All computations were performed by Prism 5.0 software (GraphPad Software, San Diego, Calif). Median survival between treatment groups was compared by Kaplan-Meier method. All significance tests and quoted P values are 2-sided.
Characterization of Mesothelioma Xenograft Models as a Function of Tumor Burden
The human mesothelioma cell line MSTO-211H exhibits aggressive biphasic disease in previous murine peritoneal xenograft models, and we desired to recapitulate similar disease characteristics in the chest to evaluate the treatment efficacy in this clinically challenging subset for which surgery is not favored.
We utilized MSTO-211H-luc administered as a single injection of 106 cells into the intrapleural space of immunodeficient Nu/J mice to establish disease. The luciferase reporter permitted in vivo qualitative monitoring of tumor establishment, disease burden, and treatment response by serial BLI. Pleural mesothelioma was established in the chest as early as day 3. An increase in signal intensity was noted over 14 days, correlating with rapid tumor growth within the thorax (Figure 1, A). Representative necropsy at day 20 revealed multiple bilateral large tumor deposits diffusely distributed within the pleural lining of the chest cavity (Figure 1, B). Compared with our peritoneal mesothelioma model,
this pleural model exhibited a more aggressive and accelerated disease course despite using 5-fold fewer tumor cells, thus modeling the greater clinical aggression of MPM seen clinically.
Using these orthotopic xenografts, we investigated the efficacy of PTX-eNP (Figure 2) in the setting of 2 different disease stages and their corresponding treatment models. The early, nonsurgical model (Figure 3, A) reflected a clinical scenario in which disease is diagnosed via effusion with positive cytology and detectable low-volume disease on initial imaging. BLI demonstrated that pleural disease was established as early as 3 days. Therefore, drug treatment was initiated on day 3 in this early limited disease model. The late-advanced stage surgical model (Figure 3, B) mimicked the more common clinical scenario in which disease is diagnosed at a more locally advanced stage. In this model, disease progressed for a longer duration after MSTO-211H-luc injection, therefore developing greater tumor burden that was surgically debulked on day 8 followed by multidose adjuvant chemotherapy.
PTX-eNPs Decrease Tumor Burden and Improve Survival in Limited-Stage Mesothelioma
Tumor-bearing Nu/J mice randomized to the early limited stage cohort received intrapleural administration of 4 mg/kg/dose paclitaxel given as either standard PTX-C/E (n = 6) (the clinically used formulation of Taxol) or encapsulated in PTX-eNPs (n = 12) on days 3, 7, and 14 following tumor inoculation (Figure 3, A). Untreated controls received IT injections of unloaded-eNPs (n = 11) at the same time points. Compared with unloaded-eNPs, animals treated with either PTX-C/E or PTX-eNP demonstrated an overall lower tumor burden as evidenced by both smaller bioluminescent signal area and by lower signal intensity. Although PTX-C/E appeared initially to be more effective than PTX-eNP at day 7, tumor burden was reduced in the PTX-eNP group by day 14 resulting in comparable tumor burden to the PTX-C/E group as demonstrated by similar bioluminescent intensities (Figure 4).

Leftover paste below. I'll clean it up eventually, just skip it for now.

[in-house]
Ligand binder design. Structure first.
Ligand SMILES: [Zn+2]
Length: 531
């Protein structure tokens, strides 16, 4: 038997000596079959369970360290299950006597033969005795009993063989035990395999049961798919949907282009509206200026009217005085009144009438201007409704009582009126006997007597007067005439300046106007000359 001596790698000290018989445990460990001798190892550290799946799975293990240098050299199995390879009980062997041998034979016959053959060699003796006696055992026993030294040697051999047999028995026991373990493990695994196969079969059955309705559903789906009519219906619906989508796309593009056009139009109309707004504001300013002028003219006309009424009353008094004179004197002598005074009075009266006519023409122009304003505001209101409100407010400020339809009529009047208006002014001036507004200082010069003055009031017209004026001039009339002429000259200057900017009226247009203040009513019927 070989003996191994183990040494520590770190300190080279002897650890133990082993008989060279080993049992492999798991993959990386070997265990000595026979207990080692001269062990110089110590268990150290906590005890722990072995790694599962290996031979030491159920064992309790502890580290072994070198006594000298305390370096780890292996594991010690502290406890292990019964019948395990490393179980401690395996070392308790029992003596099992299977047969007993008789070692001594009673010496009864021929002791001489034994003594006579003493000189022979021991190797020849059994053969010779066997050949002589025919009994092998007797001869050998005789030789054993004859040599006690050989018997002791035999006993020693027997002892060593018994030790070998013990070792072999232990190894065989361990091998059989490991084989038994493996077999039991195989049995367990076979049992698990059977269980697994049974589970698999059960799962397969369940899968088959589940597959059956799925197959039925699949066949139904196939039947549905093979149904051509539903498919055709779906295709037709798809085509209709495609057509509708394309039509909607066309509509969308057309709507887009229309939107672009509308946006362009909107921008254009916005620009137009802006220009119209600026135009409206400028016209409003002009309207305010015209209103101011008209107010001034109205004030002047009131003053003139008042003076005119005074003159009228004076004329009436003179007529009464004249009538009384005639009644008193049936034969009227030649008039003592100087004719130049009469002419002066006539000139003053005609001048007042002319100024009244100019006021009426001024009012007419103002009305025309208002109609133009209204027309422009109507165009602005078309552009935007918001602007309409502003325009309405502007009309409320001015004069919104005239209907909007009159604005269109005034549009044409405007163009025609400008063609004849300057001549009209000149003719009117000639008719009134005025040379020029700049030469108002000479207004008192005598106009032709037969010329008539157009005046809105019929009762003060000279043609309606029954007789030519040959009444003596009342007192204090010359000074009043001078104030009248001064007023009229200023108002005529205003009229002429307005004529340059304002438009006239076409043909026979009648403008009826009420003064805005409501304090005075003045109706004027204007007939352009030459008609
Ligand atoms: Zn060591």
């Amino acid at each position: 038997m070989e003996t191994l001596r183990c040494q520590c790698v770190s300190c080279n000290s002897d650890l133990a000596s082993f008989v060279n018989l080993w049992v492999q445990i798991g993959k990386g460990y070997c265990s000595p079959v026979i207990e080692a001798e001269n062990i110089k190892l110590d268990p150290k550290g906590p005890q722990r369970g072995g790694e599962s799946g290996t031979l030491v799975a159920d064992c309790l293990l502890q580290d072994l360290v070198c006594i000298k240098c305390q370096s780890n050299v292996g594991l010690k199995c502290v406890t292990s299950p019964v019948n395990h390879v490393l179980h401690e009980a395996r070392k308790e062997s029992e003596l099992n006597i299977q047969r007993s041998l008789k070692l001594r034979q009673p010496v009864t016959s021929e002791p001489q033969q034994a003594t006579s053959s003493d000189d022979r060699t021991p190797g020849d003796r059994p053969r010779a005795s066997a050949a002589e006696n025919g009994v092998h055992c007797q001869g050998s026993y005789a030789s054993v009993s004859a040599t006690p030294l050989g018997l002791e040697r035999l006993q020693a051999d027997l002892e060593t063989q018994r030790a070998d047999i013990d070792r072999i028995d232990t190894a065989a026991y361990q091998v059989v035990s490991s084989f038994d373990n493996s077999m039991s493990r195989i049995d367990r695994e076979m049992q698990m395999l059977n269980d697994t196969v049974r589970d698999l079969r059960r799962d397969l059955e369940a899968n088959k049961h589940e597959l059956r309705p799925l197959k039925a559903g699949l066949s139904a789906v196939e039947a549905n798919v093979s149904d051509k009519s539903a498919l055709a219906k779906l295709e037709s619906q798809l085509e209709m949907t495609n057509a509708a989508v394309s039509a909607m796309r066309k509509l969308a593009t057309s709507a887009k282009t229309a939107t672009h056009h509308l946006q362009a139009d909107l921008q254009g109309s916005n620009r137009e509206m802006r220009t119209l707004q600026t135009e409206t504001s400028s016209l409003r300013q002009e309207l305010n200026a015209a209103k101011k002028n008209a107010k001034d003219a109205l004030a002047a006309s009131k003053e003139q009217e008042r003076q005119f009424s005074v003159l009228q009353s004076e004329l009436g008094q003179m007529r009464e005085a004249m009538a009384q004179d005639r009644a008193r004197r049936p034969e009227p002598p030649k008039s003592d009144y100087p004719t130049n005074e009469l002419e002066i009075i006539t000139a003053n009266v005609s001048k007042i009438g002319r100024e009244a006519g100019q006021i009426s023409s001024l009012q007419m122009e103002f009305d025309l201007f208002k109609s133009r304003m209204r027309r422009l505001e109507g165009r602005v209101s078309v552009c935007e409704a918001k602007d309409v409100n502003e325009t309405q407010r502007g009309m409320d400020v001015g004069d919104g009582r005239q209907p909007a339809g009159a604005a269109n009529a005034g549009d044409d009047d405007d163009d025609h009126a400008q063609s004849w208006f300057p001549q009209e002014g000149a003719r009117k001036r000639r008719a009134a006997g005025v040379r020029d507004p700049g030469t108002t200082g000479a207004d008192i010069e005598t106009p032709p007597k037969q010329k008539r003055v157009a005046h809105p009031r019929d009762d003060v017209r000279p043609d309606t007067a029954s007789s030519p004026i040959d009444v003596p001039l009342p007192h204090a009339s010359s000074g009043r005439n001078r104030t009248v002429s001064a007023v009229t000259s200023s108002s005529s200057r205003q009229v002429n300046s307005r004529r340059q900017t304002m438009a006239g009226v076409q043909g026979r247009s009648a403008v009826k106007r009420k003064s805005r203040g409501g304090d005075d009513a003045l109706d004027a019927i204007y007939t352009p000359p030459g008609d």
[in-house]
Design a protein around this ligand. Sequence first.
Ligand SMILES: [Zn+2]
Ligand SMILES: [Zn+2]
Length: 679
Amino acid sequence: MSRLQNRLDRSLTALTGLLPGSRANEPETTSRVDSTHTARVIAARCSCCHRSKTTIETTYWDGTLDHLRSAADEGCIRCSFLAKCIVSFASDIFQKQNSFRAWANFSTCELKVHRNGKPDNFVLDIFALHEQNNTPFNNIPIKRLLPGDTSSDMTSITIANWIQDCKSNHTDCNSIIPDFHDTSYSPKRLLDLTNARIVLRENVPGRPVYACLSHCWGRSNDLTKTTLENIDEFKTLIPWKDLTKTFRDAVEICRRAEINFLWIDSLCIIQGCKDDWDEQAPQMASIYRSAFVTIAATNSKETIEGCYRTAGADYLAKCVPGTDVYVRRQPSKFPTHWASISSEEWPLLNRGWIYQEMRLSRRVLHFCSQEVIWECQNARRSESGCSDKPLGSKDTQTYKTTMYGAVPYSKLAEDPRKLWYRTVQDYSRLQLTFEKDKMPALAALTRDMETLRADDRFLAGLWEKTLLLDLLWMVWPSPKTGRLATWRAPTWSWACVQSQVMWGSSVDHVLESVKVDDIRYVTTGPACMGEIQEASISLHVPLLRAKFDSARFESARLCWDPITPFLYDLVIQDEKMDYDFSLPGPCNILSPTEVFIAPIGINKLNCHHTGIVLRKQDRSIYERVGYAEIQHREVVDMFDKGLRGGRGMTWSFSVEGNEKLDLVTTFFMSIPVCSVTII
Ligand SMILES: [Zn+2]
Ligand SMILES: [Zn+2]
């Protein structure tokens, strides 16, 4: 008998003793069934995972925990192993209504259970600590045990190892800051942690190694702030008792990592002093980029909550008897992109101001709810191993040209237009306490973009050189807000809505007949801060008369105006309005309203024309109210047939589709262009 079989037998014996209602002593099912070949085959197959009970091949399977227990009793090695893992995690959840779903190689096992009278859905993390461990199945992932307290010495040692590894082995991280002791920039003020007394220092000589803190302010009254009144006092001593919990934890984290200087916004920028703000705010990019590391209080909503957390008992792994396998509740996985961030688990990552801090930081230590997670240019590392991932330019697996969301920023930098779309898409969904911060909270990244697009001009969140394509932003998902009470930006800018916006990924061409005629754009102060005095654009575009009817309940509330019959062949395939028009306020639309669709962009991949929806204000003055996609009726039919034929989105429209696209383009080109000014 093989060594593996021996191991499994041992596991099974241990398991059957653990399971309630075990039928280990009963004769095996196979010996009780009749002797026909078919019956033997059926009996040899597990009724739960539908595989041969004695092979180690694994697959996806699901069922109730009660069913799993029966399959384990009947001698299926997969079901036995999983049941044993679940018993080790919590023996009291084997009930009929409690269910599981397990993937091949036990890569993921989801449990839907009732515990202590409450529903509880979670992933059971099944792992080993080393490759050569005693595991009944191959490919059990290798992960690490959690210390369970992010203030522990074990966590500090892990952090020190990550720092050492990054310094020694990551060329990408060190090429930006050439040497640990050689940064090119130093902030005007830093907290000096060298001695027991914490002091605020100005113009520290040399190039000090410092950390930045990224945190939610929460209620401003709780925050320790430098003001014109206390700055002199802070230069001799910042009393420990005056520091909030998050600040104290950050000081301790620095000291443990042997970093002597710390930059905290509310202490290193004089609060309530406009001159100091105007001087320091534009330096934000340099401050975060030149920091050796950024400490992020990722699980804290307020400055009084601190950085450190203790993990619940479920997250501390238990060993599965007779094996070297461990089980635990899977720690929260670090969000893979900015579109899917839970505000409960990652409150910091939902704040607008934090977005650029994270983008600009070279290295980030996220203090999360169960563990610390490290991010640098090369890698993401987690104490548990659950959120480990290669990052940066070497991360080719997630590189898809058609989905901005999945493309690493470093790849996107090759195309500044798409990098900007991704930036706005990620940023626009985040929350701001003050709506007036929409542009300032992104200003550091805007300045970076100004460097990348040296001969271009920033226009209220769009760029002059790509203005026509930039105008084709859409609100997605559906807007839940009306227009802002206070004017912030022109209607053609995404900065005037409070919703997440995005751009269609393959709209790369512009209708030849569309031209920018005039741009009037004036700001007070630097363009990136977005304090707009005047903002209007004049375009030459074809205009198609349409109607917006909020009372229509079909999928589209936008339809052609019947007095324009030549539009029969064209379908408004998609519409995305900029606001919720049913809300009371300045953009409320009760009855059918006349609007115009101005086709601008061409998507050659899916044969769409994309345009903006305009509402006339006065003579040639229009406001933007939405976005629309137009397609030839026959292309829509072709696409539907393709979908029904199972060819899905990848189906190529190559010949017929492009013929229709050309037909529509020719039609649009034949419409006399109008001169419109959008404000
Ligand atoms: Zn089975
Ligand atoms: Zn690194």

This initial improvement increased with time, likely due to the cumulative intratumoral release of paclitaxel from PTX-eNPs over time compared with the immediate effects of locally injected PTX-C/E.
Specifically, the median overall survival (OS) for PTX-eNP–treated animals was 55 days, more than double the 26.5 days seen in PTX-C/E–treated animals despite both groups receiving an equivalent dose of paclitaxel (P = .0004). In the PTX-C/E treatment group, the initially favorable antitumor response at day 7 did not translate into a significant survival advantage over untreated mice that received unloaded-eNPs whose median OS was 22 days (P ≤ .0001) (Figure 5).
The Benefits of Cytoreductive Surgery Are Enhanced by PTX-eNPs in a Multimodality Treatment Model for Advanced Disease
Although we have shown that PTX-eNPs significantly increased survival in the early stage disease model, most patients with MPM present with locally advanced disease for which chemotherapy alone is ineffective. Treatment regimens consisting of cytoreductive surgery to remove bulky tumors and subsequent adjuvant chemotherapy have met with limited success due to a high rate of locally recurrent disease. We hypothesized that the improved efficacy of PTX-eNPs observed against low-volume disease may also translate to improved efficacy after cytoreduction. Therefore, to model late-stage disease, tumor was allowed to grow to day 8 at which time gross tumor deposits were resected. To account for possible cytoreductive variability, all animals underwent a pneumonectomy and were postsurgically randomized to a multidose adjuvant chemotherapy regimen, receiving either unloaded-eNP, PTX-C/E (4 mg/kg/dose), or PTX-eNPs (4 mg/kg/dose) via IT injection on postoperative day 0, 7, and 14 (ie, posttumor inoculation days 8, 15, and 22) (Figure 3, B).